Suboxone Treatment in Opioid Addiction

what is suboxone?

Opioid addiction is more than just a behavior, it’s a developed dependency. Getting off of an opioid can be a major struggle when the brain has changed due to long-term use. Brain scans have shown changes in the brain makeup of opiate addicts, mainly in the parts that control decisions, judgment, and behaviors. These are all crucial areas for gaining control over a dependency. It’s as if the circuits of the brain have been rewired; these changes result in compulsive use and cravings, similar to the way we all crave food to survive. Although Suboxone treatment can help, unfortunately, opiate use is often destructive and debilitating, and the instinct to use is painfully hard to break.

The changes that have occurred in the brain aren’t permanent per se, but will not revert to their previous state quickly after the use of opioids has ceased. Cravings can still occur months or even years after the user has stopped. Even if someone is strong enough to stop using altogether without aid, these strong craving can come on unexpectedly, bringing about discomfort and even relapse. Because of this, addiction or dependency to opioids is a long-term condition benefiting from watchful treatment.

Suboxone Treatment Can Help

In order to ease symptoms and break free for good, a drug like Suboxone can be used. Suboxone (buprenorphine and naloxone) is a sublingual film, meaning it’s administered under the tongue. It works because buprenorphine attaches itself to the same receptors as opioids. In doing so, withdrawal symptoms are quashed and the risk of cravings is lowered significantly. In the past, buprenorphine has been used as an intravenous painkiller, so there was cause for concern over possible abuse. Naloxone was added to help prevent abuse; if someone if were to try injecting it, withdrawal symptoms would likely occur. Naloxone is inactive when taken by mouth, and passes through the gastrointestinal system without side effects. However, when injected, it has an opposite effect on opioids, bringing on those unwanted symptoms. It’s even used in emergency rooms to reverse opioids in the case of overdose.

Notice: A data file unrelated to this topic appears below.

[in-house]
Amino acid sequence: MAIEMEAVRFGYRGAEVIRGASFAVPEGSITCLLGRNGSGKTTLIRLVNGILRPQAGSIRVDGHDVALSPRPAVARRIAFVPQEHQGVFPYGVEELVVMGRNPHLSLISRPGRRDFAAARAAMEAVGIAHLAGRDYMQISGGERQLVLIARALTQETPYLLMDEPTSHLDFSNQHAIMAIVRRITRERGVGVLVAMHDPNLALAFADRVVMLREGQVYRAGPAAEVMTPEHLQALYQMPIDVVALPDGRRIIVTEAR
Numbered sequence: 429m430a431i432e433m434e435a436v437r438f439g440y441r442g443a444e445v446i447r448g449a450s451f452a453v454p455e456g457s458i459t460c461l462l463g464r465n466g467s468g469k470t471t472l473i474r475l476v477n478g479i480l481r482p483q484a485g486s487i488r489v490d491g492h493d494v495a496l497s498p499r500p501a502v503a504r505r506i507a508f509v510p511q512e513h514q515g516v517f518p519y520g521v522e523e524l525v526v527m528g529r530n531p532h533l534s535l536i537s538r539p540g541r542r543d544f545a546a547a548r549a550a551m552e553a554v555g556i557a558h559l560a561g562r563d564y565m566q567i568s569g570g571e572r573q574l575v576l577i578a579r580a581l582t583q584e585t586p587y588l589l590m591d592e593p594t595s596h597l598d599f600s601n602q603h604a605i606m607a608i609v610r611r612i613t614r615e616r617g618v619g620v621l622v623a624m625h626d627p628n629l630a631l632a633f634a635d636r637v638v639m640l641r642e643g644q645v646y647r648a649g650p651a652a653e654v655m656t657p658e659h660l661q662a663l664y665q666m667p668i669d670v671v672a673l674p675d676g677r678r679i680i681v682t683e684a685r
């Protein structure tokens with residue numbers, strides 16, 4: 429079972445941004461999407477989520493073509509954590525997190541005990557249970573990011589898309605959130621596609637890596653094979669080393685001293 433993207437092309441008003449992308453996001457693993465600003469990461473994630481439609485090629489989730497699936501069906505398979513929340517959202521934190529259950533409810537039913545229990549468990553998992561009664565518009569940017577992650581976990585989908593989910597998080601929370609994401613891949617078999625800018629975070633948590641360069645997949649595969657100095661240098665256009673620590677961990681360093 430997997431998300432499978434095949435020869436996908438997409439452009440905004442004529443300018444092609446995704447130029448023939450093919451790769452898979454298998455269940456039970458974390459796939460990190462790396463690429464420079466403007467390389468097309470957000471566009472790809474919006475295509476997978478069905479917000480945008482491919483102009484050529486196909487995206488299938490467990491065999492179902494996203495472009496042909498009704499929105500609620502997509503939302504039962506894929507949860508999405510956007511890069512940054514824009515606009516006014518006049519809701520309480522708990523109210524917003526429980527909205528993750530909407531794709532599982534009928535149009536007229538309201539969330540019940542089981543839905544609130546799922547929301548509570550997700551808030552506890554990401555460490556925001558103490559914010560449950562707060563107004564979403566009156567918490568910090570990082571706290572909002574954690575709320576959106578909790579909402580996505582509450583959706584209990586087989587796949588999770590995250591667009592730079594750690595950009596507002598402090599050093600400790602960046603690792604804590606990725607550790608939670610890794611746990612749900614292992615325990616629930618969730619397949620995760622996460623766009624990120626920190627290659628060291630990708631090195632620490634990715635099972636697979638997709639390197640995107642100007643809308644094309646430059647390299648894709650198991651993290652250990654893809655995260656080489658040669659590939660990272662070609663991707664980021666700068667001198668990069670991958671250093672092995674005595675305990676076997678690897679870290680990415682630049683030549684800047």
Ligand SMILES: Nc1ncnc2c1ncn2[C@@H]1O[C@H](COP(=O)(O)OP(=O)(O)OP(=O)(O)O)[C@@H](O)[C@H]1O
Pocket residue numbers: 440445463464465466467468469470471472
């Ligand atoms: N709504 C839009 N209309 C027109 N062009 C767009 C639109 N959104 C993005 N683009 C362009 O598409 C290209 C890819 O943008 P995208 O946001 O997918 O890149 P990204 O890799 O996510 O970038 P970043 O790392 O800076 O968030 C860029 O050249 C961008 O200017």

This drug comes in very useful for people who have the urge to abuse any type of medication, and people with opioid dependency often have that trait. It’s often difficult to start a medication with the potential for abuse when you’re not sure you can trust yourself, or when your doctor doesn’t feel comfortable prescribing it. Suboxone removes that cause for worry altogether.

This medication is a wonderful breakthrough for opioid addiction treatment. It takes so much of the strain off by suppressing unpleasant side effects for someone who wants to get clean. No matter how much someone can desire to end their dependency, the brain can have other plans, making the path to recovery very unpleasant and strenuous.

With help, saying goodbye to opioids for good can be completely attainable, and easier than ever. Addiction Outreach Clinic is a Suboxone Clinic in Cleveland, Northeast Ohio, and Pennsylvania.

Whether treatment is for you, a family member or a friend, we are happy to speak with you about our outpatient drug treatment program, and how AOC can help patients with their opioid addiction recovery. Since 2007, AOC has helped thousands of patients on their path to recovery.

Please read more about AOC, or call us at 330-259-4849, or email to schedule an appointment – it’s fast, easy and confidential.

2 replies
  1. Maxine Wilson
    Maxine Wilson says:

    My brother has had problems with opioid addiction in the past. I am wondering if suboxone would be a good treatment option for him, to keep him from going back to it. Like you said, it helps you break free for good.


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